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Spinnaker Microwave Press Release - March 10, 2009

Spinnaker Microwave Compact Converter/Exciter
Delivers Waveforms for EW, ECM Systems

Spinnaker Microwave Model SMS-ACX RF Converter / ExciterSANTA CLARA, CA (March 10, 2009) – Spinnaker Microwave today introduced the Model SMS-ACX RF converter/exciter, a compact module that generates signals with modulating bandwidths up to 1 GHz with various combinations of phase, frequency, and amplitude characteristics, and produces an output at any frequency from 10 MHz to 14 GHz, and optionally to 40 GHz. The SMS-ACX is a cost-effective alternative to expensive arbitrary waveform generators (AWGs), and an excellent choice for applications ranging from frequency-agile threat emitters in an EW training platforms, to ATE systems and synthetic aperture radar systems.

Electronic warfare (EW), electronic countermeasures, secure communications, and electronic intelligence systems must detect, characterize, and counter threats with a diverse combination of characteristics over a wide frequency range. To accomplish this they must generate signals with precisely-defined attributes at the frequency of the threat at high speed. At frequencies in the microwave range, this requires a high-performance AWG that at 10 GHz (for example) must reach a sample rate of 40 Gsamples/s. Such high clock rates typically have only 8-bit resolution and dynamic range and spurious suppression are constrained.

In contrast, the SMS-ACX can accept a wide range of IF signals from 10 MHz to 10 GHz and through a combination of frequency translation stages, places the IF signal with undistorted modulating characteristics at any frequency in its output range. This effectively eliminates the need for expensive high-sample-rate AWGs whose size, weight, power consumption, and cost preclude them from being used in most embedded applications such as EW threat simulators. The modulating input signal for the SMS-ACX can be generated using the Direct Digital Synthesizer (DDS) within the module or externally by an intermediate frequency (IF) signal from a DDS or from an arbitrary waveform generator.

Standard switching speed of the SMS-ACX from any frequency within its 10 MHz to 14 GHz range is 50 µs, minimum step size is 1 Hz, conversion gain is +10 dBm, group delay variation is 2 ns, spurious signal rejection is typically -55 dBc, maximum modulation depth is 30%, phase adjustment range is 0 to 360 deg., and output third-order intercept point is +15 dBm. The SMS-ACX is housed in an aluminum enclosure measuring only 4.65 x 4.70 x 1.68 in., weighs less than 2.3 lb., and consumes less than 20 W from its +/-5 and +15 VDC supplies.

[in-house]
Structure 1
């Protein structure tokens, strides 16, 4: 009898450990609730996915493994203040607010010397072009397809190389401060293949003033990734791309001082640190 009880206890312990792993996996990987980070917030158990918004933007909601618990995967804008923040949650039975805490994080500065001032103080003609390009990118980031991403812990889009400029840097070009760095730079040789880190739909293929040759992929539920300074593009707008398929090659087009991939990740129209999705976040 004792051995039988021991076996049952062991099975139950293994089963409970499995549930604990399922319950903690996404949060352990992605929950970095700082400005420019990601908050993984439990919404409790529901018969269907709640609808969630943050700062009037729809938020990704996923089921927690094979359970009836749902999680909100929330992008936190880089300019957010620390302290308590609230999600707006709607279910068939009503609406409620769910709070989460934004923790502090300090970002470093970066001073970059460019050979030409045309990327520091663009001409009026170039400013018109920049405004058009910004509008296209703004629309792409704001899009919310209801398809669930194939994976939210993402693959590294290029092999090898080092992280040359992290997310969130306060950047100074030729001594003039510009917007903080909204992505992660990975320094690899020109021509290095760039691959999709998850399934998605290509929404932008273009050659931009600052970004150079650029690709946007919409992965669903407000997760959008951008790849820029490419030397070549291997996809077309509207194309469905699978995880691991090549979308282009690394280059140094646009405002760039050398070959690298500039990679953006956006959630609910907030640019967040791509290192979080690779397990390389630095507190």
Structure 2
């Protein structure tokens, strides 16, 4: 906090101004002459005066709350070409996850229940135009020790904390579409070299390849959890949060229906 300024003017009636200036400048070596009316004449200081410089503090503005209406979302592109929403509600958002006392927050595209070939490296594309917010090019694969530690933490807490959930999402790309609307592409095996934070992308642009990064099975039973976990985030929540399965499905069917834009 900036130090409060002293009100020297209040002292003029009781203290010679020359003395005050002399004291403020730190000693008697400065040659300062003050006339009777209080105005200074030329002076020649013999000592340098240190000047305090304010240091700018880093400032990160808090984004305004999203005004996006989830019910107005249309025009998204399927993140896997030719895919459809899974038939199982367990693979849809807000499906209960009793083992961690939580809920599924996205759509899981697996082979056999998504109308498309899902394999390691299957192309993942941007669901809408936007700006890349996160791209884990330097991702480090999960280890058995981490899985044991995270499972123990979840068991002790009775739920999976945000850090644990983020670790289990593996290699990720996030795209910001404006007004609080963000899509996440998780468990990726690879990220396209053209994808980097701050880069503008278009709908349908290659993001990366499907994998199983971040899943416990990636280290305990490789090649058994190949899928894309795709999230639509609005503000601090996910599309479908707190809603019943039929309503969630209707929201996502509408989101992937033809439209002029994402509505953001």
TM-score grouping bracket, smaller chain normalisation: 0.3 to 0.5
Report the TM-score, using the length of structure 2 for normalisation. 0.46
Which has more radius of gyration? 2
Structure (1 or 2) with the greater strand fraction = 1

Spinnaker offers a wide array of options for the SMS-ACX including physical configurations, output frequency range and bandwidth, phase noise of -110 dBc/Hz (at 1 GHz with a 10 kHz offset), switching speed of 10 µs, as well as hermetic packaging and screening to military standards for shock, vibration, environmental conditions.

About Spinnaker Microwave

Spinnaker Microwave, Inc., headquartered in Santa Clara, CA, was founded in 1992 and has become an industry leader in the design and manufacture of microwave sources. Its products include frequency synthesizers, voltage-controlled oscillators (VCOs), and custom microwave subassemblies over a frequency range of 100 MHz to 40 GHz. The company’s strength lies in producing microwave products that can be highly customized with short turnaround times while delivering performance equal to or better than that of competitive products. Spinnaker’s products are employed in air, sea, and ground-based communications equipment, electronic warfare, signals intelligence, and other military applications, as well as microwave test equipment.

Spinnaker Microwave, Inc.
3281 Kifer Road
Santa Clara, CA  95051
(408) 732-9828
e-mail support@spinnakermicrowave.com
Internet: www.spinnakermicrowave.com

Posted 3/10/2009
Werbel Microwave (power dividers, couplers)

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RF Cafe began life in 1996 as "RF Tools" in an AOL screen name web space totaling 2 MB. Its primary purpose was to provide me with ready access to commonly needed formulas and reference material while performing my work as an RF system and circuit design engineer. The World Wide Web (Internet) was largely an unknown entity at the time and bandwidth was a scarce commodity. Dial-up modems blazed along at 14.4 kbps while tying up your telephone line, and a nice lady's voice announced "You've Got Mail" when a new message arrived...

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